Today marks the first time I’m writing to you by train. We’re on our way from Madrid to Barcelona, where I’ll get to revisit the sights I saw when I studied abroad there. I want to spend today telling you about our day trip to Toledo, Spain’s historic capital.
We woke up fairly early to get to the Madrid train station to catch an early train to the city. Its a short trip (only 30 minutes) and runs regularly, so we weren’t concerned about getting tickets. Upon arrival we went to get our bags scanned and had the woman tell us that our train was departing downstairs. I didn’t catch most of what she had said but the point was conveyed nonetheless. As we got to the correct checkpoint, a man hurried past us and asked to cut the line (speaking incredibly quickly). I assume this is what he was saying because I understood none of it. We let him go and had no further excitement getting onto our train.
We caught the first commuter train into Toledo and arrived before 9:30AM. Unfortunately I had forgotten to download an offline map onto my phone, which caused us a slight hiccup upon arrival. We decided we didn’t need a map of the city because I had read that “the sights are all uphill from the train station”. Apparently I didn’t get the memo about *which* hill, and after half an hour of wandering around the wrong part of Toledo we swallowed our pride and went back to the train station to buy a map. Hence we spent the first hour of our time in Toledo thoroughly lost.
Looking at the map, we quickly realized we had been in the wrong part of town because the map clearly showed we needed to cross a river, which we had not done. Having gotten our bearings, we set off in the right direction and confirmed our suspicions when we saw a tour bus heading in the same direction (a universal good sign when lost). We hiked up the correct hill this time and were treated to some nice views of the old city walls and overlooks of several pretty neighborhoods.
Chelsea’s friend Rachel had given us some recommendations which we referred to regularly. We were both hungry (having skipped breakfast to catch the train) and realized we were close to a cafe she suggested which was in an old military complex in a tower overlooking much of the city. The view here was great – it was the highest we ever saw Toledo from and was a good first stop as it gave us a chance to familiarize ourselves with the map and rectify what we were seeing.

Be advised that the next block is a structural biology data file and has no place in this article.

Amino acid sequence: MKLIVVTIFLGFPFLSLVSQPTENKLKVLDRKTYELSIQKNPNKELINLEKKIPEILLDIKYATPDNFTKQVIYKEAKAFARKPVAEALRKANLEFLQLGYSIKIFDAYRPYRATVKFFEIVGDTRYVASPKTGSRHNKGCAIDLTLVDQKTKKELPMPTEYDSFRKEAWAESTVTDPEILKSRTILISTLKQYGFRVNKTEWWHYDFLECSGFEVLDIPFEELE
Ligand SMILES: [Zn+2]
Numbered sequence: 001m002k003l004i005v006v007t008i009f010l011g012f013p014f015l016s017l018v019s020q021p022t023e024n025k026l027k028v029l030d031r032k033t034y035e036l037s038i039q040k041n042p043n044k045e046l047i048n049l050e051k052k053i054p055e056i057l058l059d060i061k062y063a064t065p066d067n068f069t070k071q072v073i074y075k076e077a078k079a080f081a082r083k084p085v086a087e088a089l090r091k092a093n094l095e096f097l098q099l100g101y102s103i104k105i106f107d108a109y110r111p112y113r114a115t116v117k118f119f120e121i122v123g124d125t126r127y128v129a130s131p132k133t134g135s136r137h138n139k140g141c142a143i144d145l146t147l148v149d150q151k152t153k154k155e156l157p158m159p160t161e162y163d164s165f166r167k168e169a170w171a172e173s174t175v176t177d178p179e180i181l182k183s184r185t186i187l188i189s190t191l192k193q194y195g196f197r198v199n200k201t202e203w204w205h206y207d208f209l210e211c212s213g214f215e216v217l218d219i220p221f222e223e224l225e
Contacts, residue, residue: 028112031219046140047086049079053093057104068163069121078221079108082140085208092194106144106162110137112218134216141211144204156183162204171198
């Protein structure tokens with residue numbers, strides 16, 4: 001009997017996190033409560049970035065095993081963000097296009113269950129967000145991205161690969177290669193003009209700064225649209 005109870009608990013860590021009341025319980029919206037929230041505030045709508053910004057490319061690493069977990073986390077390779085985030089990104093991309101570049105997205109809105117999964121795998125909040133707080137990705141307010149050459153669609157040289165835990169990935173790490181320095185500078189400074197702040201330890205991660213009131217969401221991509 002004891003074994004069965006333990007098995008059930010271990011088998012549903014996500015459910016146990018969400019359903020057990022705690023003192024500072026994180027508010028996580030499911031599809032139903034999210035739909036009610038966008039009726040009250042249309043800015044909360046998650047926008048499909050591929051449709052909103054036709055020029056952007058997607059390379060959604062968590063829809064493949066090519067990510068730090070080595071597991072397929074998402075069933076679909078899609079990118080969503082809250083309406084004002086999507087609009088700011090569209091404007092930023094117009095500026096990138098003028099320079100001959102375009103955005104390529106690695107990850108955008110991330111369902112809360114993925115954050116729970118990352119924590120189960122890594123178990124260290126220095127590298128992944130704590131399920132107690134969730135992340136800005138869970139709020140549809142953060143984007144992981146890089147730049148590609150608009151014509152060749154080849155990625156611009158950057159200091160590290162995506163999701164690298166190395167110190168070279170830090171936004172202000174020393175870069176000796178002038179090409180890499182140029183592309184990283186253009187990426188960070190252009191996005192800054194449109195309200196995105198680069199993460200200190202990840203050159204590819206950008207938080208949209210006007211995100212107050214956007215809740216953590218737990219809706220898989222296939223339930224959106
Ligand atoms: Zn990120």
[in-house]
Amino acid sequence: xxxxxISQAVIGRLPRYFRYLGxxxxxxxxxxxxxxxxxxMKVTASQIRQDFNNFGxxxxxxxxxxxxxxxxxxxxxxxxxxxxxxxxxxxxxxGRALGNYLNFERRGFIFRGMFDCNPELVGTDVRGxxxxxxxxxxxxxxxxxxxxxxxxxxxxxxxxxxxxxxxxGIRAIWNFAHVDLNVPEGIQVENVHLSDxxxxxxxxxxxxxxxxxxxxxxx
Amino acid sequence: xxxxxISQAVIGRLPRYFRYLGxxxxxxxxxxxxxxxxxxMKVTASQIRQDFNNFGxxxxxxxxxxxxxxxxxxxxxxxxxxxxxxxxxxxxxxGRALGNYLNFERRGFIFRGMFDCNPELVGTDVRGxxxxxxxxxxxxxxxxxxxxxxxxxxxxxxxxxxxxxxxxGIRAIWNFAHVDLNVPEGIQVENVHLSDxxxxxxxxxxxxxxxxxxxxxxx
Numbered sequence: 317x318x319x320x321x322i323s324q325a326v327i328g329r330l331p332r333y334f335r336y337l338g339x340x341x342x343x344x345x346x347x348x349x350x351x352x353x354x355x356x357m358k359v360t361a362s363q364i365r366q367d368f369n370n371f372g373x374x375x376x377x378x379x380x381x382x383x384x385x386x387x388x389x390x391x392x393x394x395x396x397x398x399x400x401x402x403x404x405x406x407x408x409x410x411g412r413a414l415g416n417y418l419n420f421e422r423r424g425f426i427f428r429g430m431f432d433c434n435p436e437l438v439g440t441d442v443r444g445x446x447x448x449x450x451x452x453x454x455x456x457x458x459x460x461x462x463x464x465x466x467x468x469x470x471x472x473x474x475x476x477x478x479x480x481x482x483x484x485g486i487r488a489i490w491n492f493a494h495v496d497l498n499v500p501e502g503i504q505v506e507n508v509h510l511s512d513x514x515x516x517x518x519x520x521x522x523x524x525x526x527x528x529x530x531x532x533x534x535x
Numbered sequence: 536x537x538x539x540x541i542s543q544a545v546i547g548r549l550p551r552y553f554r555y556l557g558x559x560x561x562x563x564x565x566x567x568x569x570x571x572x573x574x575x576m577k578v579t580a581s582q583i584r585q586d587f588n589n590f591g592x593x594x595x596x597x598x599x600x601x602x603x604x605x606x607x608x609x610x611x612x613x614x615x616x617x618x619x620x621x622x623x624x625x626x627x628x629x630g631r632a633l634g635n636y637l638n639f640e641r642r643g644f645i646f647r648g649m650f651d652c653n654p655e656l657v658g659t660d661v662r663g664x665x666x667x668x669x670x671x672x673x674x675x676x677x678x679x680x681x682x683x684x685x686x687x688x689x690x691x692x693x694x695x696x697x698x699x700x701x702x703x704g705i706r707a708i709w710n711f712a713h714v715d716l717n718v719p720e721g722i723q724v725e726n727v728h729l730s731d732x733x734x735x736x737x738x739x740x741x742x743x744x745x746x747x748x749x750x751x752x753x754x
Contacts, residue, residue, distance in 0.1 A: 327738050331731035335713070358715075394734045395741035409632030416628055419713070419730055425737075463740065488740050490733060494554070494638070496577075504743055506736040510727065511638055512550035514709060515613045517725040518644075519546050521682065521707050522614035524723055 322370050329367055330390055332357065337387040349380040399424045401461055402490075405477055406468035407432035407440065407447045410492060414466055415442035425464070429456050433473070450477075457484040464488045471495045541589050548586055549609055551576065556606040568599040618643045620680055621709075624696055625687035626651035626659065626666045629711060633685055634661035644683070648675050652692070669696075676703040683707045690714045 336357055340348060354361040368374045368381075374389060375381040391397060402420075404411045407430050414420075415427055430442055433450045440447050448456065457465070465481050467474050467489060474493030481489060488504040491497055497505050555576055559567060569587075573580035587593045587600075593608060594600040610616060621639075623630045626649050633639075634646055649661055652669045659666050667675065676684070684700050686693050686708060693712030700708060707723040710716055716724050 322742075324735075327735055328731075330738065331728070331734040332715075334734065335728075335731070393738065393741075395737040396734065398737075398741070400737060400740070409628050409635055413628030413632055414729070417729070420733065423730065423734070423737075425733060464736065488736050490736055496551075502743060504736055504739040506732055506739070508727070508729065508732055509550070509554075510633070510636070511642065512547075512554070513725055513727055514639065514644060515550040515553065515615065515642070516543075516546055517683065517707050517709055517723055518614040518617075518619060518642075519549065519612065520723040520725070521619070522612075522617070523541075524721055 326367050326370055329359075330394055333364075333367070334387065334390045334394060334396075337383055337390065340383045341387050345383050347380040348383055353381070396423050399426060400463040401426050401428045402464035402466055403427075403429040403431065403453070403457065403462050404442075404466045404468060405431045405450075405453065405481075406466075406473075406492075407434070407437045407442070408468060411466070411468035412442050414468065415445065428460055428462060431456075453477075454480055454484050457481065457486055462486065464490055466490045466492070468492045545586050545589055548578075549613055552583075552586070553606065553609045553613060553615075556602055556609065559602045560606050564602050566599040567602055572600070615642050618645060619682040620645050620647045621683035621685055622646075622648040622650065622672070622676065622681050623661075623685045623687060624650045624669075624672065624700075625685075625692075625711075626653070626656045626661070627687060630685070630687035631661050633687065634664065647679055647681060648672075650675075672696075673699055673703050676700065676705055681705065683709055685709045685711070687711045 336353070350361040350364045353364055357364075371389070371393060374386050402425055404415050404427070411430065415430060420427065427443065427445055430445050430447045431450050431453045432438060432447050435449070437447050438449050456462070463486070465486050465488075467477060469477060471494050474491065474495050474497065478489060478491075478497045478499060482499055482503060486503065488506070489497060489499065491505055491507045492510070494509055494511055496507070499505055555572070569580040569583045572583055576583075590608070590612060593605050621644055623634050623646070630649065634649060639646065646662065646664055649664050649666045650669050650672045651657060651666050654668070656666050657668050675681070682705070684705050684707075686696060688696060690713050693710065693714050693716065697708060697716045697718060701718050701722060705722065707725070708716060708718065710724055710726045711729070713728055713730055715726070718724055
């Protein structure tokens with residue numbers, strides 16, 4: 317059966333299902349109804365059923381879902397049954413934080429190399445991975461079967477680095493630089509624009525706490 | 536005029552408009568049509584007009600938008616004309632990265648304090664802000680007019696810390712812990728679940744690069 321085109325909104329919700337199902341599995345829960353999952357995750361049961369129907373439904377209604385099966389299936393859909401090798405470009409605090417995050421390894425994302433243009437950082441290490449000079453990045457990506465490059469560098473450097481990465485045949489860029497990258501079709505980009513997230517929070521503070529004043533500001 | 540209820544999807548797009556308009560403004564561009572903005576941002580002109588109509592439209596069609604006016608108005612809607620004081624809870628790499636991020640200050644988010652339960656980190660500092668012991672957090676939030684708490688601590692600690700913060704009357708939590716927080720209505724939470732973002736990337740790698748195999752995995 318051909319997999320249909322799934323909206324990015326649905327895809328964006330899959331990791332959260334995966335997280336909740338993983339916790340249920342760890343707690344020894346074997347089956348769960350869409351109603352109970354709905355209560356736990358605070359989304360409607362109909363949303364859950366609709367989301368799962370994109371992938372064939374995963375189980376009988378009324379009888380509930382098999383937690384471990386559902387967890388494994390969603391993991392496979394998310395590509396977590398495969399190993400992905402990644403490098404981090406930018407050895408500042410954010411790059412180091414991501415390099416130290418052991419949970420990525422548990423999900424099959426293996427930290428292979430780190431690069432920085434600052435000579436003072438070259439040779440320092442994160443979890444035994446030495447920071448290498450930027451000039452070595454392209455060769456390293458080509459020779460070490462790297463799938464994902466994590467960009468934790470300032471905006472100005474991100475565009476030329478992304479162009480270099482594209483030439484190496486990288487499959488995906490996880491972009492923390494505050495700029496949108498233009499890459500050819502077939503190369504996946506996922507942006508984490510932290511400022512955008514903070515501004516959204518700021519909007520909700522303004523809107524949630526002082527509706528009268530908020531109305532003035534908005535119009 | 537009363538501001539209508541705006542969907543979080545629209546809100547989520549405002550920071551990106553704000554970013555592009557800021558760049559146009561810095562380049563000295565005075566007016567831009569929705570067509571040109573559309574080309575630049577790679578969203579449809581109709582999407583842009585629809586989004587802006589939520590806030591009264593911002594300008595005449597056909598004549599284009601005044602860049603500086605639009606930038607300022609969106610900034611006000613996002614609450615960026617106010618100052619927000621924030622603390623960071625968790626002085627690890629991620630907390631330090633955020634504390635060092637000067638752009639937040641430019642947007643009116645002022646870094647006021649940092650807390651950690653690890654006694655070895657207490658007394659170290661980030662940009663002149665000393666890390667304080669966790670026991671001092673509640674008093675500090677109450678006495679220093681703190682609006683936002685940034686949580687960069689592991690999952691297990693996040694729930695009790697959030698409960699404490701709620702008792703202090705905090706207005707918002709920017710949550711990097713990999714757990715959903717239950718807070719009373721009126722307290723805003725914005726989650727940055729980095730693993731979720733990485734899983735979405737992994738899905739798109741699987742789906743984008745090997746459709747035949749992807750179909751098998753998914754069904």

After our quick bocadillos de jamon, we made straight for the ornate cathedral which was in the center of many historic buildings to see. The cathedral was beautiful on the outside with intricate carvings and detailed facades. There were some temporary vendors and a merry-go-round set up in the plaza just outside the cathedral, and everyone was having Christmas celebrations. It’s nice to see that people here celebrate the Christmas season and not just the single-day holiday as we do in the US.
We found an old synagogue which (had we not been informed) we would have assumed was a mosque which had been converted. Luckily for us, we stumbled in on a tour guide giving an explanation – he said that the building had been comissioned to be built by muslims but was initially a jewish house of worship. He explained how when they were comissioning the building that the muslims had no concept of what a normal synagogue looked like, so they built the house of worship as they would build a mosque, facing mecca with open space for prayer. The style looks wildly out of place in a Spanish city but highlights a common theme we saw in many of the buildings we visited in Toledo – a Moorish influence. You could see buildings which looked Spanish, but also arches and decorations which looked to be more Turkish or even African in style. This blending of styles reflects the importance of Toledo as an old capital, and the subsequent blending of cultures.
We stopped into a small restaurant nearby to grab a snack of patatas bravas and churros con chocolate. Apparently we told him we had been wanting a full meal and were seated on the wrong side of the dining area. When we explained what we had wanted to order, he seemed confused and a little frustrated and had us move over to the cafe side of the dining area where he seemed happy to serve us what we wanted. I don’t fully understand what prevented him from serving snacks where we had initially been seated, but nevertheless we were happy to eat again.
Continuing our circling of the city, we passed a few convents and religious buildings as we made our way around. The prevalence of the church in historic Spain is always surprising and impressive. It felt like at least three quarters of the buildings we were seeing had some sort of religious purpose. I realize all of these places have their own history and names. But for me to look all of them up would not be true to how we experienced them. We had a general sense of the history of Toledo but did not take the time to research each site in detail. Rather than trying to be comprehensive and fill in all the details after the fact, I’ll just post some pictures and let you experience Toledo like I did.
After we finished up touring the city, we took a train back to Madrid where we followed more food recommendations. We tried a nearby place called Meson de los Chanpinones, which served specialty stuffed mushrooms. As we have found to be the norm in Madrid, they were delicious. We continued on to get churros con chocolate at a famous place our tour guide had mentioned and were not disappointed. The chocolate was served hot, but was thicker and richer than you’d think of hot chocolate.
Satisfied, we returned to our hostel to pack up for the trip to Barcelona. More on that later!
Best wishes and safe travels everyone,